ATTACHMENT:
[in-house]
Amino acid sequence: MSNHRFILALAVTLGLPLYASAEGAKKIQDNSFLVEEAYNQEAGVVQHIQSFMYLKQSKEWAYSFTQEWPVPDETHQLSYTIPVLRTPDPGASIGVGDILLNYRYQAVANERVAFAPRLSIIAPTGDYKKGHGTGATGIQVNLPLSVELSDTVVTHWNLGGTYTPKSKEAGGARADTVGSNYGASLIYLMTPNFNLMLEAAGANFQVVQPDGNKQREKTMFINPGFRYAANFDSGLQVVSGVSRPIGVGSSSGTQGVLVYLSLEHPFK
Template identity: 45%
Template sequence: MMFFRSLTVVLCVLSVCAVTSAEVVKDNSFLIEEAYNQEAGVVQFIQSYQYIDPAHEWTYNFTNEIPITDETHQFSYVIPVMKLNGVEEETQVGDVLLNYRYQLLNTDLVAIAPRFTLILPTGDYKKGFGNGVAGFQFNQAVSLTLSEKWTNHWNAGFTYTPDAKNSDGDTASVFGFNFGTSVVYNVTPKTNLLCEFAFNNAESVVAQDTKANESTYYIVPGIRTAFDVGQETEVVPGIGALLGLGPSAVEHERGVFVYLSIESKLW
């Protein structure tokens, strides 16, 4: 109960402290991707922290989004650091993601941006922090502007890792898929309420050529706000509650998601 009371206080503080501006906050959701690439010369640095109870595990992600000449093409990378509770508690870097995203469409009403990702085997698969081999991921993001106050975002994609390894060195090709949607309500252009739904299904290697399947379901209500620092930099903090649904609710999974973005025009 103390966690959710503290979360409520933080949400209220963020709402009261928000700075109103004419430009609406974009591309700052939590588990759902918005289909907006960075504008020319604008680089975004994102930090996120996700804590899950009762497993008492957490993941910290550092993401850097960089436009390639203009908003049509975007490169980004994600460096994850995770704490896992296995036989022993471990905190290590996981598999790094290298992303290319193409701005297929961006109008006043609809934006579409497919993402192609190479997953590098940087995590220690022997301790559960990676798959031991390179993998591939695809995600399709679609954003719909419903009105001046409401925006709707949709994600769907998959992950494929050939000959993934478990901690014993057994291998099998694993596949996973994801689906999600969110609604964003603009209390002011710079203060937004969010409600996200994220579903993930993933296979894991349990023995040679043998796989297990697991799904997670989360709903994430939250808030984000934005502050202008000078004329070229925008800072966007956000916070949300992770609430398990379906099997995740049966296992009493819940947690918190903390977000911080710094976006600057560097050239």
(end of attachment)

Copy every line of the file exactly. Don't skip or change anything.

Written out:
[in-house]
Amino acid sequence: MSNHRFILALAVTLGLPLYASAEGAKKIQDNSFLVEEAYNQEAGVVQHIQSFMYLKQSKEWAYSFTQEWPVPDETHQLSYTIPVLRTPDPGASIGVGDILLNYRYQAVANERVAFAPRLSIIAPTGDYKKGHGTGATGIQVNLPLSVELSDTVVTHWNLGGTYTPKSKEAGGARADTVGSNYGASLIYLMTPNFNLMLEAAGANFQVVQPDGNKQREKTMFINPGFRYAANFDSGLQVVSGVSRPIGVGSSSGTQGVLVYLSLEHPFK
Template identity: 45%
Template sequence: MMFFRSLTVVLCVLSVCAVTSAEVVKDNSFLIEEAYNQEAGVVQFIQSYQYIDPAHEWTYNFTNEIPITDETHQFSYVIPVMKLNGVEEETQVGDVLLNYRYQLLNTDLVAIAPRFTLILPTGDYKKGFGNGVAGFQFNQAVSLTLSEKWTNHWNAGFTYTPDAKNSDGDTASVFGFNFGTSVVYNVTPKTNLLCEFAFNNAESVVAQDTKANESTYYIVPGIRTAFDVGQETEVVPGIGALLGLGPSAVEHERGVFVYLSIESKLW
């Protein structure tokens, strides 16, 4: 109960402290991707922290989004650091993601941006922090502007890792898929309420050529706000509650998601 009371206080503080501006906050959701690439010369640095109870595990992600000449093409990378509770508690870097995203469409009403990702085997698969081999991921993001106050975002994609390894060195090709949607309500252009739904299904290697399947379901209500620092930099903090649904609710999974973005025009 103390966690959710503290979360409520933080949400209220963020709402009261928000700075109103004419430009609406974009591309700052939590588990759902918005289909907006960075504008020319604008680089975004994102930090996120996700804590899950009762497993008492957490993941910290550092993401850097960089436009390639203009908003049509975007490169980004994600460096994850995770704490896992296995036989022993471990905190290590996981598999790094290298992303290319193409701005297929961006109008006043609809934006579409497919993402192609190479997953590098940087995590220690022997301790559960990676798959031991390179993998591939695809995600399709679609954003719909419903009105001046409401925006709707949709994600769907998959992950494929050939000959993934478990901690014993057994291998099998694993596949996973994801689906999600969110609604964003603009209390002011710079203060937004969010409600996200994220579903993930993933296979894991349990023995040679043998796989297990697991799904997670989360709903994430939250808030984000934005502050202008000078004329070229925008800072966007956000916070949300992770609430398990379906099997995740049966296992009493819940947690918190903390977000911080710094976006600057560097050239």